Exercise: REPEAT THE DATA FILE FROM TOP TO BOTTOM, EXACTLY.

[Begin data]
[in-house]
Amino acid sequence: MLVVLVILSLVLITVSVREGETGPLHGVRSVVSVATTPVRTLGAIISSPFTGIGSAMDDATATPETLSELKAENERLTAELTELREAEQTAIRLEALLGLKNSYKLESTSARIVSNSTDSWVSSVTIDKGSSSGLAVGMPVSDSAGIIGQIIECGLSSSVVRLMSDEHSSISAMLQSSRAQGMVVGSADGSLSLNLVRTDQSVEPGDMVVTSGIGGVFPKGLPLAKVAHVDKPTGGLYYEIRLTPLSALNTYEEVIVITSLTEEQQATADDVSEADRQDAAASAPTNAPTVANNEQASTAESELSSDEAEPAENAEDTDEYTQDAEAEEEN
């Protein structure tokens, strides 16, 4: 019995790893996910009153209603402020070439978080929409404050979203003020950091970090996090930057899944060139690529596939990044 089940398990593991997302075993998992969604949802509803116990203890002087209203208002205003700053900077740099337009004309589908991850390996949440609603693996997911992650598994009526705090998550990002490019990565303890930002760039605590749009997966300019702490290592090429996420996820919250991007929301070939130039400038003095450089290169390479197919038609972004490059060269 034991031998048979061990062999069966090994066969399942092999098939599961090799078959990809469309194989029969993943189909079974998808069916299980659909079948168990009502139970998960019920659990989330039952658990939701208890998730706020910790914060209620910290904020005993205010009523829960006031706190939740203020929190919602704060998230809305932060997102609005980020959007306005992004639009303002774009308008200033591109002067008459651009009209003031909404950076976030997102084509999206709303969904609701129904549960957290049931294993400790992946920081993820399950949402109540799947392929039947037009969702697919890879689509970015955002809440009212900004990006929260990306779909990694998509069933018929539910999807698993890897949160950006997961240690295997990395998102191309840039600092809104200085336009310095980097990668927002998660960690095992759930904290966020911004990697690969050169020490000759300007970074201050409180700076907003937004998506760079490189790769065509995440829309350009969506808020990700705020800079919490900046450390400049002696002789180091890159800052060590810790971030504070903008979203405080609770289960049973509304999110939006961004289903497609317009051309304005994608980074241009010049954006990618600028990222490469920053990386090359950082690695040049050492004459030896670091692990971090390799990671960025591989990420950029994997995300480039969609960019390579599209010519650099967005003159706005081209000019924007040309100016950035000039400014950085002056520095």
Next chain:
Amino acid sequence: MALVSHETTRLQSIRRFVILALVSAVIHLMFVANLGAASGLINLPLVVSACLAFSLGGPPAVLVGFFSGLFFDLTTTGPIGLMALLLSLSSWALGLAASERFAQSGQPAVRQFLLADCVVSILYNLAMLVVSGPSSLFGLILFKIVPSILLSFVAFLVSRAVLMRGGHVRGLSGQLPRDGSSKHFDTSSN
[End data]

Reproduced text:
[in-house]
Amino acid sequence: MLVVLVILSLVLITVSVREGETGPLHGVRSVVSVATTPVRTLGAIISSPFTGIGSAMDDATATPETLSELKAENERLTAELTELREAEQTAIRLEALLGLKNSYKLESTSARIVSNSTDSWVSSVTIDKGSSSGLAVGMPVSDSAGIIGQIIECGLSSSVVRLMSDEHSSISAMLQSSRAQGMVVGSADGSLSLNLVRTDQSVEPGDMVVTSGIGGVFPKGLPLAKVAHVDKPTGGLYYEIRLTPLSALNTYEEVIVITSLTEEQQATADDVSEADRQDAAASAPTNAPTVANNEQASTAESELSSDEAEPAENAEDTDEYTQDAEAEEEN
């Protein structure tokens, strides 16, 4: 019995790893996910009153209603402020070439978080929409404050979203003020950091970090996090930057899944060139690529596939990044 089940398990593991997302075993998992969604949802509803116990203890002087209203208002205003700053900077740099337009004309589908991850390996949440609603693996997911992650598994009526705090998550990002490019990565303890930002760039605590749009997966300019702490290592090429996420996820919250991007929301070939130039400038003095450089290169390479197919038609972004490059060269 034991031998048979061990062999069966090994066969399942092999098939599961090799078959990809469309194989029969993943189909079974998808069916299980659909079948168990009502139970998960019920659990989330039952658990939701208890998730706020910790914060209620910290904020005993205010009523829960006031706190939740203020929190919602704060998230809305932060997102609005980020959007306005992004639009303002774009308008200033591109002067008459651009009209003031909404950076976030997102084509999206709303969904609701129904549960957290049931294993400790992946920081993820399950949402109540799947392929039947037009969702697919890879689509970015955002809440009212900004990006929260990306779909990694998509069933018929539910999807698993890897949160950006997961240690295997990395998102191309840039600092809104200085336009310095980097990668927002998660960690095992759930904290966020911004990697690969050169020490000759300007970074201050409180700076907003937004998506760079490189790769065509995440829309350009969506808020990700705020800079919490900046450390400049002696002789180091890159800052060590810790971030504070903008979203405080609770289960049973509304999110939006961004289903497609317009051309304005994608980074241009010049954006990618600028990222490469920053990386090359950082690695040049050492004459030896670091692990971090390799990671960025591989990420950029994997995300480039969609960019390579599209010519650099967005003159706005081209000019924007040309100016950035000039400014950085002056520095």
Next chain:
Amino acid sequence: MALVSHETTRLQSIRRFVILALVSAVIHLMFVANLGAASGLINLPLVVSACLAFSLGGPPAVLVGFFSGLFFDLTTTGPIGLMALLLSLSSWALGLAASERFAQSGQPAVRQFLLADCVVSILYNLAMLVVSGPSSLFGLILFKIVPSILLSFVAFLVSRAVLMRGGHVRGLSGQLPRDGSSKHFDTSSN